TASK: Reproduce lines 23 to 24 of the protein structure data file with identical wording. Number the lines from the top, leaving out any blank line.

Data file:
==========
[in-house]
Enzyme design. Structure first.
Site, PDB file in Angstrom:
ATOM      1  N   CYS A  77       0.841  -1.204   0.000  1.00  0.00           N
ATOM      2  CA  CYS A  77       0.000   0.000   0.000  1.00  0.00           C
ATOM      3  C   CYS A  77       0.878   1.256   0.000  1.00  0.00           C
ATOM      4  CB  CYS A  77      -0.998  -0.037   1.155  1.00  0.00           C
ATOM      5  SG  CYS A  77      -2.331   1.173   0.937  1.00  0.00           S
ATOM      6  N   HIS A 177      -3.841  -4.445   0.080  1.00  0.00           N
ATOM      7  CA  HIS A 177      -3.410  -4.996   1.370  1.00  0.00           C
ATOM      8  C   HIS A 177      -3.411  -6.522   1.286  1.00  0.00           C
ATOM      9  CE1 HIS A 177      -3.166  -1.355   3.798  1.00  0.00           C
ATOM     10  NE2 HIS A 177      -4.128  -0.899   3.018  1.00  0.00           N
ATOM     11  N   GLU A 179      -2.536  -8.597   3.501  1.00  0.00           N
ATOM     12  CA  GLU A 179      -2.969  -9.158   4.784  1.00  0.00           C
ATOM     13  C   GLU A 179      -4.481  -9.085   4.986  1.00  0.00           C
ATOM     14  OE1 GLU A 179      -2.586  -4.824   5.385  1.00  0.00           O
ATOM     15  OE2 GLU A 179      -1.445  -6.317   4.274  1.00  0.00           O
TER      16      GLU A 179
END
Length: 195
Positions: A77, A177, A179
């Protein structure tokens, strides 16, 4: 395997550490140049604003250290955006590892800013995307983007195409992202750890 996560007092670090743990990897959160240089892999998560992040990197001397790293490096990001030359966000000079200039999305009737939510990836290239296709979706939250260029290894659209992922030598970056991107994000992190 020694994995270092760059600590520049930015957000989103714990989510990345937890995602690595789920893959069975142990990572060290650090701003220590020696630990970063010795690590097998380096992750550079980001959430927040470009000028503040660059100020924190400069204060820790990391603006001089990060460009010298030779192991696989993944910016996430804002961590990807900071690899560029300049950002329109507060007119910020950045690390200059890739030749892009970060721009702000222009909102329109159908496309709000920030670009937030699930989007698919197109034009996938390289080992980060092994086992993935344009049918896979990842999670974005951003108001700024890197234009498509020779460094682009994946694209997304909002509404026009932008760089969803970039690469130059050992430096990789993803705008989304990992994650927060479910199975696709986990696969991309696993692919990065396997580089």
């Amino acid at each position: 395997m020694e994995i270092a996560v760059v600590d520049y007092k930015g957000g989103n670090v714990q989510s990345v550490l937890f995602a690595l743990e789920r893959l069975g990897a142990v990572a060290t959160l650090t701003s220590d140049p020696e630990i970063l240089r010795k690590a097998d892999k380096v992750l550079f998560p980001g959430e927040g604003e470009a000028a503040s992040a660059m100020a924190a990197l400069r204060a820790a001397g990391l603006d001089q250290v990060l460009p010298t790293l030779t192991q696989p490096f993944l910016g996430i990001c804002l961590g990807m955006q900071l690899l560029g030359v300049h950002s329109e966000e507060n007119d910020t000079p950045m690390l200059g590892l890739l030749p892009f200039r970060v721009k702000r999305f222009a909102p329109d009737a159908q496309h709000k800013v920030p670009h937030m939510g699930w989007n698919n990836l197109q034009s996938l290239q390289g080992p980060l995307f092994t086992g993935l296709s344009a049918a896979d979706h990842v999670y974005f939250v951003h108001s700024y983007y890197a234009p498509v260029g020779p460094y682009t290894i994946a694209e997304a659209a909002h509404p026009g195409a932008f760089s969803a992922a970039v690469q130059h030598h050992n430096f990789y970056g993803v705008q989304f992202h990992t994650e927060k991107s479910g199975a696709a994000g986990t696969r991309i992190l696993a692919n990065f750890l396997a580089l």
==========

């Protein structure tokens, strides 16, 4: 395997550490140049604003250290955006590892800013995307983007195409992202750890 996560007092670090743990990897959160240089892999998560992040990197001397790293490096990001030359966000000079200039999305009737939510990836290239296709979706939250260029290894659209992922030598970056991107994000992190 020694994995270092760059600590520049930015957000989103714990989510990345937890995602690595789920893959069975142990990572060290650090701003220590020696630990970063010795690590097998380096992750550079980001959430927040470009000028503040660059100020924190400069204060820790990391603006001089990060460009010298030779192991696989993944910016996430804002961590990807900071690899560029300049950002329109507060007119910020950045690390200059890739030749892009970060721009702000222009909102329109159908496309709000920030670009937030699930989007698919197109034009996938390289080992980060092994086992993935344009049918896979990842999670974005951003108001700024890197234009498509020779460094682009994946694209997304909002509404026009932008760089969803970039690469130059050992430096990789993803705008989304990992994650927060479910199975696709986990696969991309696993692919990065396997580089």
């Amino acid at each position: 395997m020694e994995i270092a996560v760059v600590d520049y007092k930015g957000g989103n670090v714990q989510s990345v550490l937890f995602a690595l743990e789920r893959l069975g990897a142990v990572a060290t959160l650090t701003s220590d140049p020696e630990i970063l240089r010795k690590a097998d892999k380096v992750l550079f998560p980001g959430e927040g604003e470009a000028a503040s992040a660059m100020a924190a990197l400069r204060a820790a001397g990391l603006d001089q250290v990060l460009p010298t790293l030779t192991q696989p490096f993944l910016g996430i990001c804002l961590g990807m955006q900071l690899l560029g030359v300049h950002s329109e966000e507060n007119d910020t000079p950045m690390l200059g590892l890739l030749p892009f200039r970060v721009k702000r999305f222009a909102p329109d009737a159908q496309h709000k800013v920030p670009h937030m939510g699930w989007n698919n990836l197109q034009s996938l290239q390289g080992p980060l995307f092994t086992g993935l296709s344009a049918a896979d979706h990842v999670y974005f939250v951003h108001s700024y983007y890197a234009p498509v260029g020779p460094y682009t290894i994946a694209e997304a659209a909002h509404p026009g195409a932008f760089s969803a992922a970039v690469q130059h030598h050992n430096f990789y970056g993803v705008q989304f992202h990992t994650e927060k991107s479910g199975a696709a994000g986990t696969r991309i992190l696993a692919n990065f750890l396997a580089l």